· Dr. Jasonne Grabher O’Brien (Ph.D. University of Kansas) specializes in medieval legal history. She teaches survey classes in ancient and medieval civilizations as well as upper-division courses that include “Origins of European Law,” “Medieval Art,” “Magic and Witchcraft” and “Burnt Offerings: Women’s History in Pre-Modern Europe.” Her research has been published in Roman Legal Tradition and History of Medieval Canon Law and Cincinnati Judaica Review. For the year 2002-3 Dr. O’Brien has been awarded a Mellon Post Doctoral Fellowship and will research at the Pontifical Institute of Mediaeval Studies in Toronto, Canada.
· · Office - M15A
Phone - 973-443-8735
· · Office - M34A
Phone - 973.443.8732
· · Office - M30A
· · Office - M15A
The History Department fosters both broad based and specific objectives. The Department currently offers a wide variety of courses, all concerned with changes in human experience through time. These courses range from the histories of Greek and Roman civilizations to the histories of Europe and America. Some courses deal with the history of a particular country, others concentrate on a certain period of time and still other deal with a special theme. Taking advantage of the variety of offerings, students are able to develop broad perspectives on both the past and the present.
history is among the humanist pursuit. Like a great painting, a piece of music,
or a gorgeous sunset, history enriches one's life and can have an existence
separate from the narrow, practical (and soon obsolete) skills and professional
preparation associated with some disciplines.
A total of 36-42
credits is required for a major in history with at least 24 credits in major
UNIVERSITY CORE REQUIREMENTS (58-61 credits)
Freshman Seminar (1)
Basic Skills (22-23 credits)
· ENGW 1101 Freshman Writing Workshop (3)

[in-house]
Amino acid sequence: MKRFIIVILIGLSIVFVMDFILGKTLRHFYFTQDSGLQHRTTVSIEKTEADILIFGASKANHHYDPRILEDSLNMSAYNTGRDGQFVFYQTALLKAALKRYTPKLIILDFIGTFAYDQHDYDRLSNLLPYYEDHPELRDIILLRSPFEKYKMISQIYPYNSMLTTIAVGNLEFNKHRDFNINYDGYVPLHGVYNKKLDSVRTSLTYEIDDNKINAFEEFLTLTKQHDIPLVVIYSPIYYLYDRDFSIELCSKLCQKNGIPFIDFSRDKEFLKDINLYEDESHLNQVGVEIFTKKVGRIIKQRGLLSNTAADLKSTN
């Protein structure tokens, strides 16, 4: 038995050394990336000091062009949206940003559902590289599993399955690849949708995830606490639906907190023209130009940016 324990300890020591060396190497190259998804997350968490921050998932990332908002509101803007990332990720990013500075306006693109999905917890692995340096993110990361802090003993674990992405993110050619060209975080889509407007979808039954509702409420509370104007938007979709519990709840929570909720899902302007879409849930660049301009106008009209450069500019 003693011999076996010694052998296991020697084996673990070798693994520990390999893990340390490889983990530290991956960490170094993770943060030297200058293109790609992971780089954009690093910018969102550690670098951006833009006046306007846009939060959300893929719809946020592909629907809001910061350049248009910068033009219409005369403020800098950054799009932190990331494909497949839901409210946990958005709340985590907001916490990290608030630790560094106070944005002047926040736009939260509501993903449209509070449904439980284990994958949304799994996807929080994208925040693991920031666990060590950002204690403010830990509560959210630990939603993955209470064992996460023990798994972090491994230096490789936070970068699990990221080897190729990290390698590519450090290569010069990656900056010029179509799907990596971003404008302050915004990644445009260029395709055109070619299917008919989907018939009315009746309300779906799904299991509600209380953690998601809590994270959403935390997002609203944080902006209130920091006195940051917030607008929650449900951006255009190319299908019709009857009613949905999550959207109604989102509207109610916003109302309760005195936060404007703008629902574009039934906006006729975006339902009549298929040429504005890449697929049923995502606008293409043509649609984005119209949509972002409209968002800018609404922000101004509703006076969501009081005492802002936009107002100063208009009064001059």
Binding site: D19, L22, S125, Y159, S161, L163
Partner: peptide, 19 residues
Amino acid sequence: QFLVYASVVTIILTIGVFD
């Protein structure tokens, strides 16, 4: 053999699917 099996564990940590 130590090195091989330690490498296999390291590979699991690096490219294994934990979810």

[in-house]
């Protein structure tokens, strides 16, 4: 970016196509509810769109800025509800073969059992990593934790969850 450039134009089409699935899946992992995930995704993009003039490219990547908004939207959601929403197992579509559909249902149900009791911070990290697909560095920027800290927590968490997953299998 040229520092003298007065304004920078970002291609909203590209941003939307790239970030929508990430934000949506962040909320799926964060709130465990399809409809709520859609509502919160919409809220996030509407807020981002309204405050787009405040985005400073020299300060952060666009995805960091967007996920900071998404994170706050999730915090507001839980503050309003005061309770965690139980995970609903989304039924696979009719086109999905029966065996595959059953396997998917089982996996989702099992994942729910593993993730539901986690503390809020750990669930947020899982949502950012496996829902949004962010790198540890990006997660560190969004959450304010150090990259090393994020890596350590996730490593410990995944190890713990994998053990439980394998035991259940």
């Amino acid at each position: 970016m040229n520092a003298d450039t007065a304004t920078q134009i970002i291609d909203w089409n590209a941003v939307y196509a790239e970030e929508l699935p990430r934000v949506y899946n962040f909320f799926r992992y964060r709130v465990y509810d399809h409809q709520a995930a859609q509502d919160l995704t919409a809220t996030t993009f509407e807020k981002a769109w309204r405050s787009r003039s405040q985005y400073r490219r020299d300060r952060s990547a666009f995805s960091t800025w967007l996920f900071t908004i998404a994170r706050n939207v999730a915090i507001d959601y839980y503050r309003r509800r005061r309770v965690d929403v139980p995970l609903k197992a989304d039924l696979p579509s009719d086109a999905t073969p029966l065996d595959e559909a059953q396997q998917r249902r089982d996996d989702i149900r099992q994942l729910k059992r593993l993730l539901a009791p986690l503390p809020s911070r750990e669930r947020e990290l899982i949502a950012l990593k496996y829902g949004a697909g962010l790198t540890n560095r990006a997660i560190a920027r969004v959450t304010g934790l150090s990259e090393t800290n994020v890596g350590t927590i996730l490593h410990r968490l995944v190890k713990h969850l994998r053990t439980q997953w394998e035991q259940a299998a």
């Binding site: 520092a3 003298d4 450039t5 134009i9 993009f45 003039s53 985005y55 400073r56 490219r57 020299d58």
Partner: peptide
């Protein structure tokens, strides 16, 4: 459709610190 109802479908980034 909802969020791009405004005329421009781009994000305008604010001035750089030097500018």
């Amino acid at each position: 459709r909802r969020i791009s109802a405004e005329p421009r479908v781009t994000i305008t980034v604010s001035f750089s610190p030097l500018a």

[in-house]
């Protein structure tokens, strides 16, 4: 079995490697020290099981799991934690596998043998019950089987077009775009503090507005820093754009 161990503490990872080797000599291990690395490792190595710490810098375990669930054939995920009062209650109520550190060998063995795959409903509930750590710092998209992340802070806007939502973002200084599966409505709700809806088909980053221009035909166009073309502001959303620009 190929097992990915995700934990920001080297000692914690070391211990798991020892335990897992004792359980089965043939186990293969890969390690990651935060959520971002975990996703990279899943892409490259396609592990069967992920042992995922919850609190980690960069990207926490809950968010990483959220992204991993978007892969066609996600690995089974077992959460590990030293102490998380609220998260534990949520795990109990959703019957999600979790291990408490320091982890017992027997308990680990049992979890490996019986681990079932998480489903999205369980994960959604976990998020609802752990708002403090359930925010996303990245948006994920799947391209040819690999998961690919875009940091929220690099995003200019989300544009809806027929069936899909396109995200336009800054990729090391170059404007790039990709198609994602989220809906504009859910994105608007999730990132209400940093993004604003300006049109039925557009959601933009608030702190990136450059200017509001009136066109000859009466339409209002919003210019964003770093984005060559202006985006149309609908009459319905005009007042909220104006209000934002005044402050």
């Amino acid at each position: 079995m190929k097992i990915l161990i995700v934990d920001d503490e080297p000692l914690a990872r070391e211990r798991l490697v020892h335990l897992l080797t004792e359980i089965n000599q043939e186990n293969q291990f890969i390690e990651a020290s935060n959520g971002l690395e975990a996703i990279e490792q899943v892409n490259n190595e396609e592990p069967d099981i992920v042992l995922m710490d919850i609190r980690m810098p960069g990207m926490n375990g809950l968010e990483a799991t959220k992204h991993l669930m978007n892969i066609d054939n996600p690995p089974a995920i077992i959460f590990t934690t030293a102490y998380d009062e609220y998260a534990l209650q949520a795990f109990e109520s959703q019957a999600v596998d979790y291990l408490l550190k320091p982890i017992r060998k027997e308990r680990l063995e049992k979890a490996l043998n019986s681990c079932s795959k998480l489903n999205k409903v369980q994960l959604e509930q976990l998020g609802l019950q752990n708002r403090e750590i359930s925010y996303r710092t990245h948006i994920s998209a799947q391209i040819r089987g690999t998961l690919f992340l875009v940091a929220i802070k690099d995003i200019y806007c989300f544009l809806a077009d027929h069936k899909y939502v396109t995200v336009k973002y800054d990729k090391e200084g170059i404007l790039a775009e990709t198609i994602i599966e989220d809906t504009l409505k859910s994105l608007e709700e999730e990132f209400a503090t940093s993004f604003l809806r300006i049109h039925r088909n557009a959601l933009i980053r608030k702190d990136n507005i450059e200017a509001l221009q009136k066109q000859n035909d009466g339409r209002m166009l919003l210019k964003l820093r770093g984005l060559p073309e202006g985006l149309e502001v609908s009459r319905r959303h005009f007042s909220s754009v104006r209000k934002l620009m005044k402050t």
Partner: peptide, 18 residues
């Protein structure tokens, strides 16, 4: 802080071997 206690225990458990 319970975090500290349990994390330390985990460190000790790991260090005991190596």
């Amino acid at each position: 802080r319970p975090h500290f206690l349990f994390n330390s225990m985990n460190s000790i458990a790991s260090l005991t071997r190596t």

ENGW 1102 Freshman Writing Workshop (3)
MATH 1126 Contemporary Math (3) or MATH 1128 Math Methods (3) or MATH 1107 Precalculus (4)
MATH 1133 Applied Statistics (3) or CSCI 1145 Computers & Computing (3)
THEA 1107 Public Speaking (3)
Modern Language: 1001 (3); 1002 (3).
Education: PHED (1)
University Core (12 credits)
· · CORE 1001 Perspectives on the Individual (3)
CORE 2002 American Experience (3)
CORE 2003 Cross-Cultural Perspectives (3)
CORE 3004 Global Issues (3)
Social & Behavioral Sciences (9 credits)
(Three courses in at least two disciplines.)
Wroxton courses with appropriate
prefix meet these requirements.
Humanities (6 credits)
(Two courses in disciplines other than history.)
Wroxton courses with appropriate
prefix meet these requirements.
Laboratory Sciences (8 - 10 credits)
(Two 4-cr courses OR three courses (three
3-cr, or one 4-cr and two 3-cr) in at lest two disciplines.)
2.33 GPA Required
Required history courses (12 credits):
· · HIST 1201 Ancient Civilization (3) or HIST 1202 Medieval World (3)
HIST 1203 Foundations of the Modern World (3)
HIST 1204 Modern World: 1776 to the Present (3)
HIST 1205 American Themes (3)
Major elective courses (24 - 30 credits)
At least 3 credits from each of the following areas.
Wroxton history courses meet these requirements.
HIST 3320 The Ancient Greeks
HIST 3321 The
HIST 3322 The
HIST 3323 Medieval
HIST 3327 The
HIST 3328 Judaism, Christianity and Islam
HIST 3331 Modern Revolutions
HIST 3332 World War II and the Cold War
HIST 3343 20th Century Revolutions
HIST 3344 Russian Foreign Policy
HIST 3347 History
HIST 3348 Modern
HIST 3349 History
HIST 3350 Rise